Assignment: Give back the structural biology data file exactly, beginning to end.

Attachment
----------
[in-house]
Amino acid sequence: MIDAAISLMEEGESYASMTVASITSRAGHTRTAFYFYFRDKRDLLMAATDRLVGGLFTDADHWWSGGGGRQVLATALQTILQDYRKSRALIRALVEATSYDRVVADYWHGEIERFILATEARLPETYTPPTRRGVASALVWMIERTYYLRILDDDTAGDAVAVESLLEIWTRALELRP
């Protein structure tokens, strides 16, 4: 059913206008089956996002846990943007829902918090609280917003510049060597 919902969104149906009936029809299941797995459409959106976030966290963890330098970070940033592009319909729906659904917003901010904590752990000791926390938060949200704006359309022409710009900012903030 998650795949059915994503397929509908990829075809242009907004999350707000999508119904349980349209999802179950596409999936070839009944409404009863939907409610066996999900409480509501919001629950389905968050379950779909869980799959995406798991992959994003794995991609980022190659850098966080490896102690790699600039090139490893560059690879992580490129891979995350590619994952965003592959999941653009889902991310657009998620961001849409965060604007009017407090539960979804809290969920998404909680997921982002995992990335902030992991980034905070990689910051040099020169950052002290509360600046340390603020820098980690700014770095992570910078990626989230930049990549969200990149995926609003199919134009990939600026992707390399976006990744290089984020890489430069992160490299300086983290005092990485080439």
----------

[in-house]
Amino acid sequence: MIDAAISLMEEGESYASMTVASITSRAGHTRTAFYFYFRDKRDLLMAATDRLVGGLFTDADHWWSGGGGRQVLATALQTILQDYRKSRALIRALVEATSYDRVVADYWHGEIERFILATEARLPETYTPPTRRGVASALVWMIERTYYLRILDDDTAGDAVAVESLLEIWTRALELRP
């Protein structure tokens, strides 16, 4: 059913206008089956996002846990943007829902918090609280917003510049060597 919902969104149906009936029809299941797995459409959106976030966290963890330098970070940033592009319909729906659904917003901010904590752990000791926390938060949200704006359309022409710009900012903030 998650795949059915994503397929509908990829075809242009907004999350707000999508119904349980349209999802179950596409999936070839009944409404009863939907409610066996999900409480509501919001629950389905968050379950779909869980799959995406798991992959994003794995991609980022190659850098966080490896102690790699600039090139490893560059690879992580490129891979995350590619994952965003592959999941653009889902991310657009998620961001849409965060604007009017407090539960979804809290969920998404909680997921982002995992990335902030992991980034905070990689910051040099020169950052002290509360600046340390603020820098980690700014770095992570910078990626989230930049990549969200990149995926609003199919134009990939600026992707390399976006990744290089984020890489430069992160490299300086983290005092990485080439």